Materials that can be copyrighted include literary and artistic works. Drawings, photographs and other works showing artistic craftsmanship may be protected by copyright. All these works must be original.
The author of the work is normally the first owner. There are some exceptions.
If the work was created as part of the author’s employment then the copyright belong to the employer subject to contractual arrangements.
For photographs or portraits, if the photograph or portrait was ordered by another person in exchange for some form of payment, then the copyright belongs to the person who ordered the photograph or portrait.
Ownership should be established before applying for copyright registration. We can discuss this further with you.
What are the Owner’s and the Author’s rights? Do these rights apply internationally?
Copyright in a work gives the owner the sole right to produce, reproduce or publish all or any substantial part of the work in any material form. This includes the production or publication of translations of the work and the right to communicate the work to the public through telecommunication (e.g. the internet). Copyright is a bundle of rights.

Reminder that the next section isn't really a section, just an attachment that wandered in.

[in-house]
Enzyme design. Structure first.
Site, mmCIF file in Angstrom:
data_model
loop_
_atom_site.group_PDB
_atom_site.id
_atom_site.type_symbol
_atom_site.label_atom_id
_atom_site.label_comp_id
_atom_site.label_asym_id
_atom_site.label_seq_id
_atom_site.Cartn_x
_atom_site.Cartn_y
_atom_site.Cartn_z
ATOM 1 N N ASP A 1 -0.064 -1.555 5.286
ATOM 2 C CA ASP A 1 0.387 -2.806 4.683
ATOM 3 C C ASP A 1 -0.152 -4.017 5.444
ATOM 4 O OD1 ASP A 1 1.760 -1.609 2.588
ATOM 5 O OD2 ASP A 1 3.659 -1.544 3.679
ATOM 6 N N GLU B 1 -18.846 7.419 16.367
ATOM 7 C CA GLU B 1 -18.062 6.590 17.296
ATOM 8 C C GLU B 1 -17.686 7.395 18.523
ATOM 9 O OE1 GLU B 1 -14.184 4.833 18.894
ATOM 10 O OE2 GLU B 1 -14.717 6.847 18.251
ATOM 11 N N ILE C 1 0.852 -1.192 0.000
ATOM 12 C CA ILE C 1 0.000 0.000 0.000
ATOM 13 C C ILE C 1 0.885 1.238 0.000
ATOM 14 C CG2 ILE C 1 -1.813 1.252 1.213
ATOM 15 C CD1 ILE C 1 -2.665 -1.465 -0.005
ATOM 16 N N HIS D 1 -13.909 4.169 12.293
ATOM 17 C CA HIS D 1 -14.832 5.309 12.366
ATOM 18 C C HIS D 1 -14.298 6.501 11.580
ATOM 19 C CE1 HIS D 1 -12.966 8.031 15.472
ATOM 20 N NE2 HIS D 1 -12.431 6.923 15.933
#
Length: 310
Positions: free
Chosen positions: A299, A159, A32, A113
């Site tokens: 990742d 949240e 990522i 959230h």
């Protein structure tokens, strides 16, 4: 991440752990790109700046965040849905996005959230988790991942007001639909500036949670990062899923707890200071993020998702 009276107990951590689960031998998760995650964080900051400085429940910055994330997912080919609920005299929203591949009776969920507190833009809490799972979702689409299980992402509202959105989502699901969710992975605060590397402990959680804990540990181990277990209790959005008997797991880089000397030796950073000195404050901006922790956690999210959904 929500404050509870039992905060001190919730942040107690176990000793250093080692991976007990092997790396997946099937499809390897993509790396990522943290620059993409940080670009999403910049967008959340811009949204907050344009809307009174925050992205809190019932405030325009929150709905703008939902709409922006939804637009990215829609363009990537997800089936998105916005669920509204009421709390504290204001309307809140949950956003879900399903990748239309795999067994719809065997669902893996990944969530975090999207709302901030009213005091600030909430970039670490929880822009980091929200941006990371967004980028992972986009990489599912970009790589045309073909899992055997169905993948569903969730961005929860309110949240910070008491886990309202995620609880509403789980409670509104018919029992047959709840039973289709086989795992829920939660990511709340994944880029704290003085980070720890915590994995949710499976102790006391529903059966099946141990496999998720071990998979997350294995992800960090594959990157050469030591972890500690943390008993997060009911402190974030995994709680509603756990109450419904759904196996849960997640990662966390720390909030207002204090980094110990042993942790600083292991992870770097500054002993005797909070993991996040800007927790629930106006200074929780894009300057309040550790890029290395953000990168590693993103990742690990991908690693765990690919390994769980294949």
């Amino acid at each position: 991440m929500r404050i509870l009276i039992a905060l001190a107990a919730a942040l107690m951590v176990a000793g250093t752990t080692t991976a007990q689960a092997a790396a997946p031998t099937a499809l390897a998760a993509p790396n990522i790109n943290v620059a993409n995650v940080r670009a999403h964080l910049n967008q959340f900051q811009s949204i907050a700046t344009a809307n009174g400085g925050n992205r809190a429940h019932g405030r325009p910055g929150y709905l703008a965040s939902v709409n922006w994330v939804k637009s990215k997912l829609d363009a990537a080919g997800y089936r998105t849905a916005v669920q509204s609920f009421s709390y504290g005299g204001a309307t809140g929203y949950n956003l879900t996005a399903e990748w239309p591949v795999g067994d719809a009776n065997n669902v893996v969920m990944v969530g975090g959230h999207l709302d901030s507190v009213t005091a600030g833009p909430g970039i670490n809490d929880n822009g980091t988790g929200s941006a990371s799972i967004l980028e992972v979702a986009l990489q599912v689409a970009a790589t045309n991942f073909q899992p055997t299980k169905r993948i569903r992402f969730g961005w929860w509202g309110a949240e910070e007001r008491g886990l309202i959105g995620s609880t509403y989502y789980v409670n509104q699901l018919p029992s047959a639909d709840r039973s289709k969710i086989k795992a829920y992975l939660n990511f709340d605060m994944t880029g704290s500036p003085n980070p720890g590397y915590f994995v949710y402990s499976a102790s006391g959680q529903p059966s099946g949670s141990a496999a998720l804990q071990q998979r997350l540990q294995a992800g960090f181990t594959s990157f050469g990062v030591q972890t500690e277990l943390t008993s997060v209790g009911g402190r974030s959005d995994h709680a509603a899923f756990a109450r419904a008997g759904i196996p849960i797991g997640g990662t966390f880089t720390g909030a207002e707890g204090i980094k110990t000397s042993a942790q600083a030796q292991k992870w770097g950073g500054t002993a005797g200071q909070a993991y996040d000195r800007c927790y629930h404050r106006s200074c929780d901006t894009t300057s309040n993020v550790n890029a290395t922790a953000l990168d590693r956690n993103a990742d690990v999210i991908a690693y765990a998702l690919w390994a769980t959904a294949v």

Copyright also provides the author of the work with moral rights. Moral rights protect the integrity of the work against modifications, such as distortions, mutilations or undesirable associations which prejudice the honour or reputation of the author. This moral right is owned solely by the author of the work and cannot be transferred, only waived in writing.
Copyright for Canadian works is valid in foreign countries as long as they belong to one of the international copyright treaties, conventions or organizations (e.g. the Berne Copyright Convention, the World Trade Organization). In some instances, it may be required that you mark your item(s) to be entitled to protection internationally under these treaties. We strongly recommend marking all items subject to copyright protection so you can obtain the broadest possible protection: © Jane Doe, 1986.